Women from African Special Programs Share Strategies for Success

By Brigitte Read

One of the key benefits of the MDIF Special Programs like NAMIP and SAMIP is being part of a cohort of young media entrepreneurs who generously share their perspectives, challenges, successes and failures. Cultivating a cooperative mindset means good ideas can be replicated and flawed strategies avoided.

When a joint delegation of 20+ women from MDIF’s Special Programs on the African continent gathered in Kigali for the African Women in Media Conference, it was an ideal opportunity for the attendees to share their unique insights, offer advice and explore opportunities for collaboration.

The roundtable discussion covered three key themes – engaging and retaining audiences, embracing digital technologies, new products and editorial formats and innovative funding models; these are some of the key discussion highlights.

Engaging and retaining audiences

Be consistent, focus on the data, measure success and keep asking for constant feedback – these are some of the fundamentals behind growing and retaining your audience, recommended by Ewoma Omoghene from Voix Collective, a Nigerian podcast company that believes in the transformative power of storytelling. Consistency is a key factor, but keep improving on your process and products, and leverage tech to improve your work.

Daily Maverick’s Operations Manager, Kathryn Kotze, concurred stressing that data is at the core of all the work that Daily Maverick does. “Aim to be data-led,” she shared. “The growth that Daily Maverick experienced when we started looking at and investing in data, was exponential.”

This means culling content that is not getting traction, or if it is important, re-think your approach to get readers’ attention. While reach and engagement are good indicators, it should not be about chasing clicks, but experimenting with different headlines, pictures and approaches and gauging the response.

For Daily Maverick newsletters are a bigger driver of traffic than social media and this also means they are not at the mercy of the algorithms of tech companies.  Another top tip is to aim to get a direct link from your audience, like an email or a Whatsapp number and create opportunities for interaction – surveys, banner ads with a call to action or host sessions where readers can pose their questions to journalists.

You need to know your audience to tailor content that resonates, advises Candice Khumalo, a health journalist with South Africa’s Food for Mzansi Group. “You need to work out how to spark a connection. Simple headlines are best, readers need to be able to quickly determine how content meets their needs.” She outlined how her publication segments audiences, creating three personas based on audience needs, and she advises you accept that your audiences will not like all your content all the time, and this is fine.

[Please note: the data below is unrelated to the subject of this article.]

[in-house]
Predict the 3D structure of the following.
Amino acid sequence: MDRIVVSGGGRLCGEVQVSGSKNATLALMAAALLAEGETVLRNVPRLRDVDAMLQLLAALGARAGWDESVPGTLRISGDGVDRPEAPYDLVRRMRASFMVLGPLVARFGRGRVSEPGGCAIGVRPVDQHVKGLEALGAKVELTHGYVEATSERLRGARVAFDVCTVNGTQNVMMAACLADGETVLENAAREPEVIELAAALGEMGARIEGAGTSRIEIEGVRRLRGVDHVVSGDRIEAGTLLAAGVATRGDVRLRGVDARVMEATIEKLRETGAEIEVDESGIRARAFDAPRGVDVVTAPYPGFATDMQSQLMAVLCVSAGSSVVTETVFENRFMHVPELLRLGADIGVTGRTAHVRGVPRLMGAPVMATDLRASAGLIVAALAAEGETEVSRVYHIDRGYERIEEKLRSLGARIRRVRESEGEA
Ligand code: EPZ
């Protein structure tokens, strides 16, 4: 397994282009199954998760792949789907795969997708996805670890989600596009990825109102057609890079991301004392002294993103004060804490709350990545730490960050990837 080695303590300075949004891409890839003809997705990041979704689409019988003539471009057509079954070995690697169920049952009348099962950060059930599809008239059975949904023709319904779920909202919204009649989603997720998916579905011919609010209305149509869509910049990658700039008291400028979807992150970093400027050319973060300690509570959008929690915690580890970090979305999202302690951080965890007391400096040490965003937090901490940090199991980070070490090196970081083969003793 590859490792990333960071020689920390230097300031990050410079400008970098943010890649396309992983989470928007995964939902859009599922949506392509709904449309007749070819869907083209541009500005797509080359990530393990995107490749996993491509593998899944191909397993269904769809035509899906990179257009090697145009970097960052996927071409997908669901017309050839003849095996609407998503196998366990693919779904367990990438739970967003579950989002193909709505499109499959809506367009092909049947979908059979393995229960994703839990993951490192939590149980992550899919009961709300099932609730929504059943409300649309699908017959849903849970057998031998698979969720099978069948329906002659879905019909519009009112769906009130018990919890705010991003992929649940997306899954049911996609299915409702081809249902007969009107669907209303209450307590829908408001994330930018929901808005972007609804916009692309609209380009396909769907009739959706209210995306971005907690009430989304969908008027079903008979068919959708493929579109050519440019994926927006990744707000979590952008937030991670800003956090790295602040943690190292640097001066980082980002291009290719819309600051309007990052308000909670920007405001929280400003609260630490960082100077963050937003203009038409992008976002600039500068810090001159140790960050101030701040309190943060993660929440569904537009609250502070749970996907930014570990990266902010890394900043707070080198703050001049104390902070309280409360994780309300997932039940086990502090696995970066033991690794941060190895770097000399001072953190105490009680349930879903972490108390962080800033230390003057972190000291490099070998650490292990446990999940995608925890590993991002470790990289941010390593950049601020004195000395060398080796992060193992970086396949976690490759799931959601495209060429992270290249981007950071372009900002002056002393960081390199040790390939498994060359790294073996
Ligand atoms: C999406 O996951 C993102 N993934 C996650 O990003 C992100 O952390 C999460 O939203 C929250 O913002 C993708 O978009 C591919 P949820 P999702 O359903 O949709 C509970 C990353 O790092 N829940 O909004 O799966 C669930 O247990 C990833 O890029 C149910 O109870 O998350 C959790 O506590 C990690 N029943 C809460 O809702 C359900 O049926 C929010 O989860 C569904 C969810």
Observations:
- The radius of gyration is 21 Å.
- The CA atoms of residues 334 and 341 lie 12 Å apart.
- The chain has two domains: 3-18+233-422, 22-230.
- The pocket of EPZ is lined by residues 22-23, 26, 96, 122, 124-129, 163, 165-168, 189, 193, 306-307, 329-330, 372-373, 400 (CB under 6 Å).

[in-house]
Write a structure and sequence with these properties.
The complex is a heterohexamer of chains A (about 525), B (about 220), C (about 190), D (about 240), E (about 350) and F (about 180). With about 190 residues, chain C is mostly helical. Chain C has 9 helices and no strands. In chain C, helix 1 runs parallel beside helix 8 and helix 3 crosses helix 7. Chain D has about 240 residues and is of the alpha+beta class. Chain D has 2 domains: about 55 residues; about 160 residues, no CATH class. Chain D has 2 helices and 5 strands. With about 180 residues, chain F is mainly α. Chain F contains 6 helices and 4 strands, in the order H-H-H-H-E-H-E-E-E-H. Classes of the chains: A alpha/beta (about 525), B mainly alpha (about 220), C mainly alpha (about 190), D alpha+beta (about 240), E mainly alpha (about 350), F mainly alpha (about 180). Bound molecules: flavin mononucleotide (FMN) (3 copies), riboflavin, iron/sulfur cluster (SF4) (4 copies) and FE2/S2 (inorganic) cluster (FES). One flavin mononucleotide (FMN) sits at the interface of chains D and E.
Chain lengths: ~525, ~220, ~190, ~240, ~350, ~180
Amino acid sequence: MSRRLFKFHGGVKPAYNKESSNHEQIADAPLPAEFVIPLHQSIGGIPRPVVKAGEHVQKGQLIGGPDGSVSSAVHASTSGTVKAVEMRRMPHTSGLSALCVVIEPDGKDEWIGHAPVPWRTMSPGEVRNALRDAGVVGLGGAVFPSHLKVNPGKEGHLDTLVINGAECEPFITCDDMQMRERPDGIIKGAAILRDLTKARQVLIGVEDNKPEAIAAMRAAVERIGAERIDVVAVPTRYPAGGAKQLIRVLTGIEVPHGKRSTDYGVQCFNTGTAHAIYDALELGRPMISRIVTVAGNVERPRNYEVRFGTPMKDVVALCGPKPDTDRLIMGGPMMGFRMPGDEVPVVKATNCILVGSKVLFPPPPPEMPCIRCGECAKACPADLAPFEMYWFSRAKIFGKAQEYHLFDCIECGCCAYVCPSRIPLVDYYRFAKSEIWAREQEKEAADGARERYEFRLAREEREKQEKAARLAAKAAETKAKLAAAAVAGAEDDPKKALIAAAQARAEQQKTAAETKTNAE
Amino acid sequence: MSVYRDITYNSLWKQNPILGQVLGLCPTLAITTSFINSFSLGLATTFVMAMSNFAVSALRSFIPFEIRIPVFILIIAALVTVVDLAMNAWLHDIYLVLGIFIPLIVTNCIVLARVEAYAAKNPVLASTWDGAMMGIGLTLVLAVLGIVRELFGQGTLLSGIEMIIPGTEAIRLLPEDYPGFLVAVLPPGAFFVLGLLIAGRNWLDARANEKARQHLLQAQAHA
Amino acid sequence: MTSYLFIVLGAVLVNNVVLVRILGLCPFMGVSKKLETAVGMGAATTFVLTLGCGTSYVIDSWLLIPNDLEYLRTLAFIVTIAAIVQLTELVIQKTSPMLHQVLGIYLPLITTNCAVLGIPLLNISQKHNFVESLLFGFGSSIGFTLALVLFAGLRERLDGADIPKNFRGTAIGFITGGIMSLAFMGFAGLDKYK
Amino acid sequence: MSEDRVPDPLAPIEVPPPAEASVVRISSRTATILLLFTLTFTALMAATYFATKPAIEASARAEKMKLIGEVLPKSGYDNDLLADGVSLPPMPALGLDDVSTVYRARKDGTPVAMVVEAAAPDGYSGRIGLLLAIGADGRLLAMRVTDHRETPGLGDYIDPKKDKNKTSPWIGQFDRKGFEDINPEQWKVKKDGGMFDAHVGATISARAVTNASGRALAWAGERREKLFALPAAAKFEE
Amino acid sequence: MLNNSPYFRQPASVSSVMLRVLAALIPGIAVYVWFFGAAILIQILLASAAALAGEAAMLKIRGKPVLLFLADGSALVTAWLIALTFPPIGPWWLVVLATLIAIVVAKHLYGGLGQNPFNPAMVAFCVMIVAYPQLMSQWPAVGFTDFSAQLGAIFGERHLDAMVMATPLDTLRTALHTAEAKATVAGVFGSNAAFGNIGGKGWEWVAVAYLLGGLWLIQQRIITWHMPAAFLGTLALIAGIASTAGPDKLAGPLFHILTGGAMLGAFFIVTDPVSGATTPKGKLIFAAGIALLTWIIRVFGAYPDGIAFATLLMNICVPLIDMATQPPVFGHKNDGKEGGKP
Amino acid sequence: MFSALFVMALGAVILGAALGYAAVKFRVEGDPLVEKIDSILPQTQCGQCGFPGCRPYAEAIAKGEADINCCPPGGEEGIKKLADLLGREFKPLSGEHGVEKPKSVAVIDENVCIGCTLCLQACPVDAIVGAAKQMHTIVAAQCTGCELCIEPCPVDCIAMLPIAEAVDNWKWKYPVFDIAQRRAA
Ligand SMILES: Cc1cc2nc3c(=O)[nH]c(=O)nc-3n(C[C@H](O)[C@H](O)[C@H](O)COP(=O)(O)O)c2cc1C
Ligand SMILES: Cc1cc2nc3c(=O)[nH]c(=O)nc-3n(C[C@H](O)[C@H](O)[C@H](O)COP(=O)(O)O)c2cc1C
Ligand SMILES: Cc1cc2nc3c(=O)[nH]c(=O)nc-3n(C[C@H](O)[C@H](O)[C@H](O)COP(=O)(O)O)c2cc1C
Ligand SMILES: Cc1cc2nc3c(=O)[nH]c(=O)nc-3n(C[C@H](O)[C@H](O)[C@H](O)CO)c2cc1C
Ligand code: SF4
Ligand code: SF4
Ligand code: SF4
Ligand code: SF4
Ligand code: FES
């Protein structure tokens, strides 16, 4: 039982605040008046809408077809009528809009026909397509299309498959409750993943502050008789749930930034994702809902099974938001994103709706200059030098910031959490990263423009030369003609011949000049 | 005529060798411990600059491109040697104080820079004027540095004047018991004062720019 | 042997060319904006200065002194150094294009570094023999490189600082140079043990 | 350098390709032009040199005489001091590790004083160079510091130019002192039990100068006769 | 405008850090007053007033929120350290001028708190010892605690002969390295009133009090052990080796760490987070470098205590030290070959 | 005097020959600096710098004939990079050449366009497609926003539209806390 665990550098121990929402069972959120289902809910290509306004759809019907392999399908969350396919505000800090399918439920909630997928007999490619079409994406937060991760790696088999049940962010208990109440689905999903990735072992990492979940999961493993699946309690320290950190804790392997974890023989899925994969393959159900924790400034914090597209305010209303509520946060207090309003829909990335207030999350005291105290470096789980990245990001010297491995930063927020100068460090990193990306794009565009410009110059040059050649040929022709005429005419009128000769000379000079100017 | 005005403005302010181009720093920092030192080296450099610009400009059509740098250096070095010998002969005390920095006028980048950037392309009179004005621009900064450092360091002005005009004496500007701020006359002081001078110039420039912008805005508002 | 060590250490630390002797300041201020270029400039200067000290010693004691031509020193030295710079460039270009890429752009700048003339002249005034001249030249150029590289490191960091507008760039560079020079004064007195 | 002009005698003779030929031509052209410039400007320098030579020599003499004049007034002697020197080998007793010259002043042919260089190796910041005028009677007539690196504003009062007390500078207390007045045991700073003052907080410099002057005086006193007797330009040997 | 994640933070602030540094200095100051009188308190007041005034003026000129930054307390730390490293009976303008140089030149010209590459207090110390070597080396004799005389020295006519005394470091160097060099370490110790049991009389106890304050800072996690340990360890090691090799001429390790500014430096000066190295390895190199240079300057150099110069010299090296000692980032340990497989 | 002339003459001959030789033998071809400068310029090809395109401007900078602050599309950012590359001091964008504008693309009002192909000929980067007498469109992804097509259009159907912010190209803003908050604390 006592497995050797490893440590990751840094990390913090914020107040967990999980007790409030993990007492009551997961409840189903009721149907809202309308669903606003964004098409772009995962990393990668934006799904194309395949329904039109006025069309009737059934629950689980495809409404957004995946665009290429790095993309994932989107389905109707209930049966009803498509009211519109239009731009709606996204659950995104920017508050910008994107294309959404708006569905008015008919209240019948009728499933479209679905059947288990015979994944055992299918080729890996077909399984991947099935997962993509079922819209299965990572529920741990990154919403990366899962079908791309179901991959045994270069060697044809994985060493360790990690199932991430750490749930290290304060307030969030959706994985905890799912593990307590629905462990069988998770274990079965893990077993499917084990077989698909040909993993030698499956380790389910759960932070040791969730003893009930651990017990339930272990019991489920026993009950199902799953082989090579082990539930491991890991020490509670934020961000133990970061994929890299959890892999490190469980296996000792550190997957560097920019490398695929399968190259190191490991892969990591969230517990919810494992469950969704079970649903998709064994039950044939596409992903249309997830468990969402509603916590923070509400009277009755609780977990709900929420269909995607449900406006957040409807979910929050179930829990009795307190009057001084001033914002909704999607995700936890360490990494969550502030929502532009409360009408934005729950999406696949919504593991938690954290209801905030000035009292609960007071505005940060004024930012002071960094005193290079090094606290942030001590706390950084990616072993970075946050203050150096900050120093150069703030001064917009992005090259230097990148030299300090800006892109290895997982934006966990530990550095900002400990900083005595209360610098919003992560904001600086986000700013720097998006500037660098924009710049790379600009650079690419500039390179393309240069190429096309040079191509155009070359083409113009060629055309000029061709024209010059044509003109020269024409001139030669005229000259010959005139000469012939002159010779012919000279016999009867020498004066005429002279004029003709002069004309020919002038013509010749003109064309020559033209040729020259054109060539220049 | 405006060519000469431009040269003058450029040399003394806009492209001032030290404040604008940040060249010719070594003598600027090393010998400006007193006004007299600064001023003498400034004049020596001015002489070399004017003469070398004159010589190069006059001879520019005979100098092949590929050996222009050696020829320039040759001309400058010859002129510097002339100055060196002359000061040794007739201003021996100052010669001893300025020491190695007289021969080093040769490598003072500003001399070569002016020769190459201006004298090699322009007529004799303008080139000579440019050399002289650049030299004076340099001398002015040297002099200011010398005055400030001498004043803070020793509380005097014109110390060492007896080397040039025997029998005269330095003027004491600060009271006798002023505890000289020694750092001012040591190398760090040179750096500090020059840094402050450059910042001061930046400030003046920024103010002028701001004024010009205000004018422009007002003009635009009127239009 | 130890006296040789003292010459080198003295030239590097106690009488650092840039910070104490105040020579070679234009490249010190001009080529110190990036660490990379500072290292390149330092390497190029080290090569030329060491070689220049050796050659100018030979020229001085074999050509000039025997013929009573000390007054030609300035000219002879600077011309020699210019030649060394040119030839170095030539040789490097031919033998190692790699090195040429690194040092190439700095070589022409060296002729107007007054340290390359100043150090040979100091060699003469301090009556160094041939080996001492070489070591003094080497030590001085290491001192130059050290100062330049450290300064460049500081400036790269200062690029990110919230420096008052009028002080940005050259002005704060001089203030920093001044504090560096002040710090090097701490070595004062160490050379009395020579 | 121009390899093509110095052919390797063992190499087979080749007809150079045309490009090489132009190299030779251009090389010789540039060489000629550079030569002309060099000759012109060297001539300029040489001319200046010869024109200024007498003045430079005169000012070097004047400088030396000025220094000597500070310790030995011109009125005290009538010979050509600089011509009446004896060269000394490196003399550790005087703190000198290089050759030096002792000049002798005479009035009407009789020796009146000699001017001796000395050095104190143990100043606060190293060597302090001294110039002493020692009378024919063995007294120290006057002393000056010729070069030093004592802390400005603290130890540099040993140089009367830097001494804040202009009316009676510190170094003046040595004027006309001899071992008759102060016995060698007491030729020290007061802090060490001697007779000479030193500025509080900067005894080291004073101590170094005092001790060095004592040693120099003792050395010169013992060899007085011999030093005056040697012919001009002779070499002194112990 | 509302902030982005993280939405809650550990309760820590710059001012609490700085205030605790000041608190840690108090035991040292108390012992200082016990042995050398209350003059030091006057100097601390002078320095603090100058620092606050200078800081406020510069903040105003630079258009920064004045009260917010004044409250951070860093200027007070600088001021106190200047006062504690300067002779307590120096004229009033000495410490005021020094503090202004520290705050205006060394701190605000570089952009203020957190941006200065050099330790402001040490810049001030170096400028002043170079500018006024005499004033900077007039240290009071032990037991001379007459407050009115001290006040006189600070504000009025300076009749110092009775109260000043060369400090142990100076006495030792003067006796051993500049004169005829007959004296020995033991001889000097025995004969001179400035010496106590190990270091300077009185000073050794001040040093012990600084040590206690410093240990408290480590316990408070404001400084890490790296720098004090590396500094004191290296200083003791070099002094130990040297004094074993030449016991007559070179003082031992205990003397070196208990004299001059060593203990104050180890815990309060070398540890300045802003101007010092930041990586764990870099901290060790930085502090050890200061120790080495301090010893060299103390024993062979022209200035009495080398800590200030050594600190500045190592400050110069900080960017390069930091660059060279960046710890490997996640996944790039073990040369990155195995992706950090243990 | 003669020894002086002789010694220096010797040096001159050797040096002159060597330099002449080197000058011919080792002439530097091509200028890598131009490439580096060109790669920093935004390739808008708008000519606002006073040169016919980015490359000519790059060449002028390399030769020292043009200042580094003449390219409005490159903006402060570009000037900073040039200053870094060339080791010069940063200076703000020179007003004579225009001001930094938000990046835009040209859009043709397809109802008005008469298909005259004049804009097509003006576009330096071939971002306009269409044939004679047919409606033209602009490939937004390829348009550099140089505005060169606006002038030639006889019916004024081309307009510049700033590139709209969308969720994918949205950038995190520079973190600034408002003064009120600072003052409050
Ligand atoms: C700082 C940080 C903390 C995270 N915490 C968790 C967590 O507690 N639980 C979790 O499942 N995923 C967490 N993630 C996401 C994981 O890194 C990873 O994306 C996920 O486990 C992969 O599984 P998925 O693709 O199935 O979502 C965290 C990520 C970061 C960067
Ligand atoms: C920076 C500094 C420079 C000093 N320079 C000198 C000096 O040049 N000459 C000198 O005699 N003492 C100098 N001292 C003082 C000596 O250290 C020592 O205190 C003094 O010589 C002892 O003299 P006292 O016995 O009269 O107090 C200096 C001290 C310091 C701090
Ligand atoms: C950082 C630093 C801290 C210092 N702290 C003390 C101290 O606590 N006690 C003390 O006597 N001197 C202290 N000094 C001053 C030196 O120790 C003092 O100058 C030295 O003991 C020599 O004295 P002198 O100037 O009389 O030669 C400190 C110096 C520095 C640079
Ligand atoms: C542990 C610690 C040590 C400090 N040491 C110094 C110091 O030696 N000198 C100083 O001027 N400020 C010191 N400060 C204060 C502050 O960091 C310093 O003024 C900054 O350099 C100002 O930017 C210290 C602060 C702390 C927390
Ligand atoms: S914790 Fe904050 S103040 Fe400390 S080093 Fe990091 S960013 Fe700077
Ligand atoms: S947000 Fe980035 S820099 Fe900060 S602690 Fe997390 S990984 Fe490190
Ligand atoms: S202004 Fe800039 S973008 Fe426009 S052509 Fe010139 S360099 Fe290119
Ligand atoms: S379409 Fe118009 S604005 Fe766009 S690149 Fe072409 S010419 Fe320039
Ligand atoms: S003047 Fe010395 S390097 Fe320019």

Most importantly you need to offer quality content, said Damilola Oyeleke of Culture Custodian and create something compelling, offering unique perspectives and solutions to pain points.

Embracing digital technologies, new products and editorial formats

“Automate processes and use tools for enhancing productivity so you can focus on more creative, strategic tasks,” advised Chidinma Ochiaka from Techpoint Africa, a digital media company concentrating on Africa’s tech, startup and business ecosystem.

Start with optimising your web presence, then consider tools like Descript, Buffer, Fluent CRM, Zoho CRM and Eventprime to streamline workflows, improve efficiency and enhance productivity. Real-time data and analytics tools like Uber Suggest and Google Analytics can help optimise advertising campaigns.

Grace Aderemi-John from Edugist highlighted how they look at metrics from Google Analytics and social media to guide the creation of products that effectively engage niche audience categories like educators, students and policy makers to help them meet their needs. Noting low LinkedIn engagement, they created an online network with educators coming on board as collaborators and opinion leaders, hosting a monthly webinar product where educators speak on topics that affect them, which has helped to grow their reach.